Fasting enhances the experience of eating. Philip Zaleski tells about a time he contracted a mysterious illness that made everything he put in his mouth taste like liquid fire. For over three weeks he had barely eaten; and when the mysterious illness suddenly abated, he had eaten nothing for two days. He decided to celebrate his return to eating with a blood orange. “The taste of the blood orange flooded my mouth, and with it came a wave of gratefulness for all that had helped to produce this food and deliver it into my hands. Sun, soil, and rain; planters, harvesters, and retailers; apiculture and horticulture; evolution, whose slow-motion magic wand had trans- formed an inedible Jurassic fruit into the ambrosia of the gods; God, fount of all fruitfulness—I gave thanks to one and all” (P. Zaleski and Paul Kaufman, Gifts of the Spirit: Living the Wisdom of the Great Religious Traditions [San Francisco: HarperSanFrancisco, 1997] 43–44). His fast was not intentional. Nevertheless, as a result of fasting, eating had become a spiritual experience of gratitude. What was it like to eat with Jesus?

Scholars tell us that table fellowship was a hallmark of his ministry. But few venture beyond this bland remark to speculate on what went on inside people as they received cup and bread from his hands, and from the hands of one another. How did the mind process the tastes and the slow move from hunger to satisfaction, from emptiness to fullness? Was it possible that eating with Jesus was an experience that changed the consciousness of those eating? Did people become aware, as Philip Zaleski did, of the interconnectedness of all things and feel unfeigned gratitude fill their entire being with such completeness that the food, no matter what it was and how much there was, was a feast? Did they realize they were all sustained by the same Source and thus brothers and sisters to one another? Did this realization bring into minds their countless violations against one another at the same time as their deeper sense of unity allowed them to forgive these violations from their hearts, freely and gratuitously?

No matter what they ate, was it always one loaf they shared? Was this—or something like this—what it was like to eat with the bridegroom? We eat three times a day. And, as a friend says, “more when we’re lucky.” It can become a mindless act, stoking the furnace. Even worse, stoking the furnace in front of the television. Anything we do often can become repetitious, monotonous, routine. The symbolic potential of eating and drinking lost.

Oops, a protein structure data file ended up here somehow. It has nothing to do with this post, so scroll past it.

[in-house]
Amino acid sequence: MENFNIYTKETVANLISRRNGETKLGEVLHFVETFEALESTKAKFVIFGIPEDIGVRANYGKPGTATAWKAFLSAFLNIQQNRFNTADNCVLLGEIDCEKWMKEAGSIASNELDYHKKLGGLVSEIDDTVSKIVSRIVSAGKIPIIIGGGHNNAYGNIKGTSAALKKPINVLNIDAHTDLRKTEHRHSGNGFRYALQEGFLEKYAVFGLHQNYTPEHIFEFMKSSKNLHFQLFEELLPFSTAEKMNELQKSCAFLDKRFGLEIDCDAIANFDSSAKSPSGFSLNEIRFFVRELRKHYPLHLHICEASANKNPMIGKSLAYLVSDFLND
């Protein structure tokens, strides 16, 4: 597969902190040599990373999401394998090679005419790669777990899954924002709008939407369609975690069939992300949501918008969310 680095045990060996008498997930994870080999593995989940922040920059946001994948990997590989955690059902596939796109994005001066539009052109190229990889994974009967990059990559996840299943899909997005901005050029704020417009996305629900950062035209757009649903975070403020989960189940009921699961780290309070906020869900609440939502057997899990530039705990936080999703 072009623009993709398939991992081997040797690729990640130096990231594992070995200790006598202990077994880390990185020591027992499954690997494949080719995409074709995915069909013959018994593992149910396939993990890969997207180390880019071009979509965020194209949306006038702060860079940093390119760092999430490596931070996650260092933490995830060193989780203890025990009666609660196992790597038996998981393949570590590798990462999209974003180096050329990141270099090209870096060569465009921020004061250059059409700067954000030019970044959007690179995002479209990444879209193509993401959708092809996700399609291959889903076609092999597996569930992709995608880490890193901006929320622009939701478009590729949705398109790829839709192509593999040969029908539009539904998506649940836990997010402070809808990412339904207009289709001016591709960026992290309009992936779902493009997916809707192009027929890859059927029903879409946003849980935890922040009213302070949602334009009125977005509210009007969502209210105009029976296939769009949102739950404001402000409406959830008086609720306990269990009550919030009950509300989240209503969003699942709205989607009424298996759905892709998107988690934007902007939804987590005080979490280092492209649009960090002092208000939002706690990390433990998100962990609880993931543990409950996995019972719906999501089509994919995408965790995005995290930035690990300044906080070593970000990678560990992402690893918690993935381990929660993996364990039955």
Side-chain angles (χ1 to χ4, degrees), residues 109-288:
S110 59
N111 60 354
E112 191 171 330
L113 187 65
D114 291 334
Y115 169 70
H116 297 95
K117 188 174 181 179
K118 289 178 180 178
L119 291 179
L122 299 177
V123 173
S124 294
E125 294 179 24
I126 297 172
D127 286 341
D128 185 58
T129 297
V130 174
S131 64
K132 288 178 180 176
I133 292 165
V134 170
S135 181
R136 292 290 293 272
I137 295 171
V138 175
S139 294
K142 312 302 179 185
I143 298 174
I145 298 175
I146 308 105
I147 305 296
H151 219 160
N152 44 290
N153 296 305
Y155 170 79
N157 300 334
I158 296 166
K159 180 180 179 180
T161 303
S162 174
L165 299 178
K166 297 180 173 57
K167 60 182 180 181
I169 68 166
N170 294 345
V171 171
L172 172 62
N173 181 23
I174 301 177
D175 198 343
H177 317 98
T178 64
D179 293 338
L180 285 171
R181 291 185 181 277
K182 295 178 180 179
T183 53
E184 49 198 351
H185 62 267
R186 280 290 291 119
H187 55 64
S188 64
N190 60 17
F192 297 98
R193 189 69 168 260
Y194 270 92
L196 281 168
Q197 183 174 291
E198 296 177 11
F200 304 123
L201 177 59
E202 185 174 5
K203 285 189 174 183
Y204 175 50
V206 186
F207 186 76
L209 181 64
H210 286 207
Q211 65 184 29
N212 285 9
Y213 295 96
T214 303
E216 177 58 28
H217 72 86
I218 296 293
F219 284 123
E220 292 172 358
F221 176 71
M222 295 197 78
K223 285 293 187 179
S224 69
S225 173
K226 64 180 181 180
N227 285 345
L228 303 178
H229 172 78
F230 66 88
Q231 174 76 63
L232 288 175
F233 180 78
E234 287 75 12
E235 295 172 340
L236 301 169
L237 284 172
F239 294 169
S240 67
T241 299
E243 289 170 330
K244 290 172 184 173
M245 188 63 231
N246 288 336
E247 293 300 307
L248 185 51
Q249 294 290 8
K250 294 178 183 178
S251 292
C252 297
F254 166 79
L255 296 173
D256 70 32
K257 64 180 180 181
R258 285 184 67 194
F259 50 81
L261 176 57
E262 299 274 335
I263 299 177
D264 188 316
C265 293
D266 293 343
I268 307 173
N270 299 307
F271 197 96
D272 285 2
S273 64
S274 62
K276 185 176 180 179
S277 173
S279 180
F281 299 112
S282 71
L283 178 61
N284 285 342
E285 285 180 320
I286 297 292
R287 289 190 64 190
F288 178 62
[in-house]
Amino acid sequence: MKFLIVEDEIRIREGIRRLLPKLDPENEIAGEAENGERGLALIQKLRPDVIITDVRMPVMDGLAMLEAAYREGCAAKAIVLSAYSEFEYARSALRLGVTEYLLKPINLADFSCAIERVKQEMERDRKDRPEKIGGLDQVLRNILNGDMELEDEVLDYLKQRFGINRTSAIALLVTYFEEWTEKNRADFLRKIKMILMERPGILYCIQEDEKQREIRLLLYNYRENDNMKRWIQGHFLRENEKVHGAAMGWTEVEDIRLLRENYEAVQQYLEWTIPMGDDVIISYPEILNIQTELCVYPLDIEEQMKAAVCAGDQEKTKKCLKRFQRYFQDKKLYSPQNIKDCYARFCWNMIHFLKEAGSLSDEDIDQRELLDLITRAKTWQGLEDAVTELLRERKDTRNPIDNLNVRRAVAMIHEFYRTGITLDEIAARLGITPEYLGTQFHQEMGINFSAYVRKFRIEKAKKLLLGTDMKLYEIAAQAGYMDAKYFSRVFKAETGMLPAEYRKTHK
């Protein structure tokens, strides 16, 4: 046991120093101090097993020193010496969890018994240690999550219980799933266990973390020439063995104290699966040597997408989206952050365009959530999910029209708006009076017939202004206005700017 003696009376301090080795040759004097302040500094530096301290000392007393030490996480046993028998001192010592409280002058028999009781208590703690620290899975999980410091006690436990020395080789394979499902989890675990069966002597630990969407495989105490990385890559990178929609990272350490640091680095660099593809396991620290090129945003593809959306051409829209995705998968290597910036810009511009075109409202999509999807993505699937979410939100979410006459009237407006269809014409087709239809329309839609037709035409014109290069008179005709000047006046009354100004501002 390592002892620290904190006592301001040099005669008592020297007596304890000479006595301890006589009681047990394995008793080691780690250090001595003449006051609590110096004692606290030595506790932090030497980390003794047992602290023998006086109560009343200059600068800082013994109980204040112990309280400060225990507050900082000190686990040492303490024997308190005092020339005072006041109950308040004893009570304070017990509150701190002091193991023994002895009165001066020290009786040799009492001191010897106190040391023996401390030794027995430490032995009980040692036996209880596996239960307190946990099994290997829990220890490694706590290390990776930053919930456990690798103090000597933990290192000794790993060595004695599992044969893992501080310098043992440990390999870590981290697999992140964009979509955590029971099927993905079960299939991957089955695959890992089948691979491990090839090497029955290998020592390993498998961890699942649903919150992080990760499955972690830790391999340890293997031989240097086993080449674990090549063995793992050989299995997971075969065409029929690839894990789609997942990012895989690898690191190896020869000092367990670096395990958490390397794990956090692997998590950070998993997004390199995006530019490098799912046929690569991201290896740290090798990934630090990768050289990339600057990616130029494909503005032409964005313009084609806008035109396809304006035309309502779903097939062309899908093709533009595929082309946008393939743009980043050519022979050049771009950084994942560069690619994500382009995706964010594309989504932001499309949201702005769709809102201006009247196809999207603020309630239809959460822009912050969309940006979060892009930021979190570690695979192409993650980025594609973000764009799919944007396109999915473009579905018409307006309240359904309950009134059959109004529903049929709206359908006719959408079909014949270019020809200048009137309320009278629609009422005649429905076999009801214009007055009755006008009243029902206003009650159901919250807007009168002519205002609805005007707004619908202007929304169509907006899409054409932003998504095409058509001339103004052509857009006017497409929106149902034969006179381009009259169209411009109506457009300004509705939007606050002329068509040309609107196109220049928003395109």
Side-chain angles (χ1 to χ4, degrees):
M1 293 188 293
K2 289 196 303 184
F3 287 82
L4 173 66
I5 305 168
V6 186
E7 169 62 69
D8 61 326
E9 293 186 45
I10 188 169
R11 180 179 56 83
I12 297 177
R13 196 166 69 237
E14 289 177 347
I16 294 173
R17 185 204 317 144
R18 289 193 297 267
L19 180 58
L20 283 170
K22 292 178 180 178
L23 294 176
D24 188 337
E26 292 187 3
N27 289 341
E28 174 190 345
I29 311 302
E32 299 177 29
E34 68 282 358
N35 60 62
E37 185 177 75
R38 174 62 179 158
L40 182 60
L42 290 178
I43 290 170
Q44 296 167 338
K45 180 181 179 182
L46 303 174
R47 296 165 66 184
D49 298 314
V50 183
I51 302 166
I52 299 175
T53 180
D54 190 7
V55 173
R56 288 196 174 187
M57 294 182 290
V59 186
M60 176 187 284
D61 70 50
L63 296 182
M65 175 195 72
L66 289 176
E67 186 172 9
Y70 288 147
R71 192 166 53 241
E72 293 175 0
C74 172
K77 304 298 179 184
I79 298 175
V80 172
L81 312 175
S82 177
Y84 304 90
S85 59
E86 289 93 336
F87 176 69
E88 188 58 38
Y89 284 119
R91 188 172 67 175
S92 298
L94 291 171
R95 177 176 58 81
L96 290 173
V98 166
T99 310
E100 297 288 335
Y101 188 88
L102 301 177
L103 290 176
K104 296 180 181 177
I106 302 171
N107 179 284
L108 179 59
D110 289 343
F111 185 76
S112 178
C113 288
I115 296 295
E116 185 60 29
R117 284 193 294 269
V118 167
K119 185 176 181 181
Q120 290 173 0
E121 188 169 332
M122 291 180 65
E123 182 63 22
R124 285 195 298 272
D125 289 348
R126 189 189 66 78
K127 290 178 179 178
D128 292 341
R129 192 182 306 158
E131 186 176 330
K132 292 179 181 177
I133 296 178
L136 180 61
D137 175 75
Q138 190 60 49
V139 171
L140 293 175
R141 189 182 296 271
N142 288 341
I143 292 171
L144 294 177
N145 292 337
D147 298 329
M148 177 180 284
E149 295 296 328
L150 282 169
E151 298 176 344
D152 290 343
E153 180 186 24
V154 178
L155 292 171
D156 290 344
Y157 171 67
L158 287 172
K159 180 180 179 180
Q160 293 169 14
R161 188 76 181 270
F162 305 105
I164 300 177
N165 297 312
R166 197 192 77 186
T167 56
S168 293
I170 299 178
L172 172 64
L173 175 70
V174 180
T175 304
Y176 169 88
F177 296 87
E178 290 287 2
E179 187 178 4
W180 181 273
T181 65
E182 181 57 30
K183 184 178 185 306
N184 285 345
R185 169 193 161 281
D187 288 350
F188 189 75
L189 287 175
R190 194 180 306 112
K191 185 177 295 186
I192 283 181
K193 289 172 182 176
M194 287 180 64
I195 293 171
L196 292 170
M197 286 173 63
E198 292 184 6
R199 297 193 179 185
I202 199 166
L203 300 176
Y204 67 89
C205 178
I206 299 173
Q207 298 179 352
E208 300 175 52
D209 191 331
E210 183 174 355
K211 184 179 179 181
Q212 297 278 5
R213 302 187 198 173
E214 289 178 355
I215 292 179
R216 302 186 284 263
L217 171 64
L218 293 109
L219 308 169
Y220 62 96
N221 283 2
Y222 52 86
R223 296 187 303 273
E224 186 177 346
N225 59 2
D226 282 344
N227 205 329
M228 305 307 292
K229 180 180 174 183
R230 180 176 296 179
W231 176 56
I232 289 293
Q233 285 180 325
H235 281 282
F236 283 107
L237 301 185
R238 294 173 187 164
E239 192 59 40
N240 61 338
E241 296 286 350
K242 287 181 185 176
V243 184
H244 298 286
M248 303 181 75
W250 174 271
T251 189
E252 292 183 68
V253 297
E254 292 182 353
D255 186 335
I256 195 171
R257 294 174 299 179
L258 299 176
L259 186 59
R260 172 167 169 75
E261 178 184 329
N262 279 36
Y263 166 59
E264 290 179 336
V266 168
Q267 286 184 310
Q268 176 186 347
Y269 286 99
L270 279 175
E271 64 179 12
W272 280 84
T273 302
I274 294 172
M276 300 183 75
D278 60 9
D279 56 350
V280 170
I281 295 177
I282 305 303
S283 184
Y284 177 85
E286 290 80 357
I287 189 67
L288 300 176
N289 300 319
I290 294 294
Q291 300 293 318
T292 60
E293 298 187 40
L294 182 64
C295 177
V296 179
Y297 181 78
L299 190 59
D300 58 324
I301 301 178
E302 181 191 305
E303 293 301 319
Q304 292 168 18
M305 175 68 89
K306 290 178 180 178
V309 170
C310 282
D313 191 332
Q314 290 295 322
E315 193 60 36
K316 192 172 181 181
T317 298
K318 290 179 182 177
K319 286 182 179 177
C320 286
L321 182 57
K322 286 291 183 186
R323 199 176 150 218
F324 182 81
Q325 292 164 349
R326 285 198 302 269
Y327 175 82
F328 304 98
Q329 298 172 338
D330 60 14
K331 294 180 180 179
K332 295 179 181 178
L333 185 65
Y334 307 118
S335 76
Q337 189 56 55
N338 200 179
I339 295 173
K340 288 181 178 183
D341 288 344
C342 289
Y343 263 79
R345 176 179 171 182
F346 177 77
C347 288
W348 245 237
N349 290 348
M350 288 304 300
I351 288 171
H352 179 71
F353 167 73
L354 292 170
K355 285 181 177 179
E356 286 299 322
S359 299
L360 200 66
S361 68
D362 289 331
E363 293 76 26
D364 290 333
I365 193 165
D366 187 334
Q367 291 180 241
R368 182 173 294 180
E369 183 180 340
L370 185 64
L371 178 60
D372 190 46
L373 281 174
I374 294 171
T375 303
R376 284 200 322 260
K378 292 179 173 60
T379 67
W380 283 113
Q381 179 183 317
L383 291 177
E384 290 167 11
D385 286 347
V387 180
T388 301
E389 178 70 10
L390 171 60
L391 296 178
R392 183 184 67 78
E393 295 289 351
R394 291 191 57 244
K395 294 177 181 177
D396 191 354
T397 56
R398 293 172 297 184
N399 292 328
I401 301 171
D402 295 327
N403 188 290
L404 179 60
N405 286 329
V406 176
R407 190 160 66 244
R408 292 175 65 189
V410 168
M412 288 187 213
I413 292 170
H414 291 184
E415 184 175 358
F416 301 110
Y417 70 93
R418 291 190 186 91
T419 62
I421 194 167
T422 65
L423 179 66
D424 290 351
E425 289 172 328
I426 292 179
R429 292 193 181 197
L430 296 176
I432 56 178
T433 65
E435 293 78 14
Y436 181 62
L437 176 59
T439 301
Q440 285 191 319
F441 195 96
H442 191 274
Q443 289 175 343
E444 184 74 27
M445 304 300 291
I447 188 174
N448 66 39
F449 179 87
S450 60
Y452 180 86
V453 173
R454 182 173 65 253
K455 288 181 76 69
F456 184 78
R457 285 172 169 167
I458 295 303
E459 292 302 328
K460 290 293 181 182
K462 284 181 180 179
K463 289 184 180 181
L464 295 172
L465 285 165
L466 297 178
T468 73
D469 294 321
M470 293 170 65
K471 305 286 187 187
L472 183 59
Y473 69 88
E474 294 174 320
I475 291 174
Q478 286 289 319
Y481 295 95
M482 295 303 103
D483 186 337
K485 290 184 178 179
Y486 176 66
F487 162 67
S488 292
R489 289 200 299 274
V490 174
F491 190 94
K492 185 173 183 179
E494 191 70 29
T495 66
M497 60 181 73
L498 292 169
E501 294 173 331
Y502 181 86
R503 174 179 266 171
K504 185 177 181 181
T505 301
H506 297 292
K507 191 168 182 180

The way to recover this symbolic potential is to fast. Not eating out of habit wakes us up to the change of consciousness eating and drinking can effect in us. As Christians we fast in the memory of feast. The fast jolts us out of mindlessly responding to biological needs and encourages us to trace our hungers and thirsts into love of God and love of neighbor. We are united to God and in communion with one another. When we remember to eat and drink like this, the fasting has found its true meaning. The bridegroom has returned.

Selections from Breaking Open the Lectionary: Lectionary Readings in Their Biblical Context for RCIA, Faith Sharing Groups, and Lectors—Cycle B, by Margaret Nutting Ralph, Copyright © 2005 by Margaret Nutting Ralph. Paulist Press, Inc., New York/Mahwah, NJ. Reprinted by permission of Paulist Press, Inc.

Spiritual Commentaries and Teachings are excerpted from The Spiritual Wisdom of the Gospels for Christian Preachers and Teachers by John Shea © 2004 by Order of Saint Benedict. Published by Liturgical Press, Collegeville, Minnesota. Used with permission.